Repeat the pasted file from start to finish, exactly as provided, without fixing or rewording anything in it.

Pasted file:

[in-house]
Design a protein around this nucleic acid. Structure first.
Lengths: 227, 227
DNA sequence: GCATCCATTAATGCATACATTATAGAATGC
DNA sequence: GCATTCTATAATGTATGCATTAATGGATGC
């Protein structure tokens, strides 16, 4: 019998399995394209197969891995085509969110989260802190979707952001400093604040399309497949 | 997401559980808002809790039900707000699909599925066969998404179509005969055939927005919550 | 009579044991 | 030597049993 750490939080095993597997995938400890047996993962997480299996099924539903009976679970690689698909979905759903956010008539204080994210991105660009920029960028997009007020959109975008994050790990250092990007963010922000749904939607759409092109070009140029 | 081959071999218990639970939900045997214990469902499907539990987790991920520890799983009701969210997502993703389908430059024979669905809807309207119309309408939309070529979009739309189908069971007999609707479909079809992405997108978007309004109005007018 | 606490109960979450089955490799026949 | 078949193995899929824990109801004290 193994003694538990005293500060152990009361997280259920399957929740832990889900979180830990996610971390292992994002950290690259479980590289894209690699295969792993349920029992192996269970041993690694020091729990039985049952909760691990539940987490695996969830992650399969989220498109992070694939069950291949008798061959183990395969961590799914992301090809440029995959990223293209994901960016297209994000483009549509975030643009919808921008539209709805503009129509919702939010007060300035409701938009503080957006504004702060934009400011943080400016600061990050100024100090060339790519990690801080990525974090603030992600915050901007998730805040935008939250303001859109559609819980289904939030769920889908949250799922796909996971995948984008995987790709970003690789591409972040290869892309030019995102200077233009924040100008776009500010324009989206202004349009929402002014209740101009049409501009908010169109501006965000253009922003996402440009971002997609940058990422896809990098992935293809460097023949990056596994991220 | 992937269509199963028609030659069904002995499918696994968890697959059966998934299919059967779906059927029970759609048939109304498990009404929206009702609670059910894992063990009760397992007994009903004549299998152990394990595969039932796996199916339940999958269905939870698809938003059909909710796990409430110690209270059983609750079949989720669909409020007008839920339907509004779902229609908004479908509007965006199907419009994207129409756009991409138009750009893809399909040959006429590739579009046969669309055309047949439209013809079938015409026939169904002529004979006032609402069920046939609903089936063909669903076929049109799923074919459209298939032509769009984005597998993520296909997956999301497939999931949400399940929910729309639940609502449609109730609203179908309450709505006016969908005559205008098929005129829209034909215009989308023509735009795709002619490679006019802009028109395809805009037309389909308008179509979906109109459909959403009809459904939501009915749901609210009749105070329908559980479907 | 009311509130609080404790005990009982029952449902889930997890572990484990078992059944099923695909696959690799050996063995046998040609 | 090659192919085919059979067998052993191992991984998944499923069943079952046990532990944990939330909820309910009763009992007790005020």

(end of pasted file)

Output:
[in-house]
Design a protein around this nucleic acid. Structure first.
Lengths: 227, 227
DNA sequence: GCATCCATTAATGCATACATTATAGAATGC
DNA sequence: GCATTCTATAATGTATGCATTAATGGATGC
């Protein structure tokens, strides 16, 4: 019998399995394209197969891995085509969110989260802190979707952001400093604040399309497949 | 997401559980808002809790039900707000699909599925066969998404179509005969055939927005919550 | 009579044991 | 030597049993 750490939080095993597997995938400890047996993962997480299996099924539903009976679970690689698909979905759903956010008539204080994210991105660009920029960028997009007020959109975008994050790990250092990007963010922000749904939607759409092109070009140029 | 081959071999218990639970939900045997214990469902499907539990987790991920520890799983009701969210997502993703389908430059024979669905809807309207119309309408939309070529979009739309189908069971007999609707479909079809992405997108978007309004109005007018 | 606490109960979450089955490799026949 | 078949193995899929824990109801004290 193994003694538990005293500060152990009361997280259920399957929740832990889900979180830990996610971390292992994002950290690259479980590289894209690699295969792993349920029992192996269970041993690694020091729990039985049952909760691990539940987490695996969830992650399969989220498109992070694939069950291949008798061959183990395969961590799914992301090809440029995959990223293209994901960016297209994000483009549509975030643009919808921008539209709805503009129509919702939010007060300035409701938009503080957006504004702060934009400011943080400016600061990050100024100090060339790519990690801080990525974090603030992600915050901007998730805040935008939250303001859109559609819980289904939030769920889908949250799922796909996971995948984008995987790709970003690789591409972040290869892309030019995102200077233009924040100008776009500010324009989206202004349009929402002014209740101009049409501009908010169109501006965000253009922003996402440009971002997609940058990422896809990098992935293809460097023949990056596994991220 | 992937269509199963028609030659069904002995499918696994968890697959059966998934299919059967779906059927029970759609048939109304498990009404929206009702609670059910894992063990009760397992007994009903004549299998152990394990595969039932796996199916339940999958269905939870698809938003059909909710796990409430110690209270059983609750079949989720669909409020007008839920339907509004779902229609908004479908509007965006199907419009994207129409756009991409138009750009893809399909040959006429590739579009046969669309055309047949439209013809079938015409026939169904002529004979006032609402069920046939609903089936063909669903076929049109799923074919459209298939032509769009984005597998993520296909997956999301497939999931949400399940929910729309639940609502449609109730609203179908309450709505006016969908005559205008098929005129829209034909215009989308023509735009795709002619490679006019802009028109395809805009037309389909308008179509979906109109459909959403009809459904939501009915749901609210009749105070329908559980479907 | 009311509130609080404790005990009982029952449902889930997890572990484990078992059944099923695909696959690799050996063995046998040609 | 090659192919085919059979067998052993191992991984998944499923069943079952046990532990944990939330909820309910009763009992007790005020």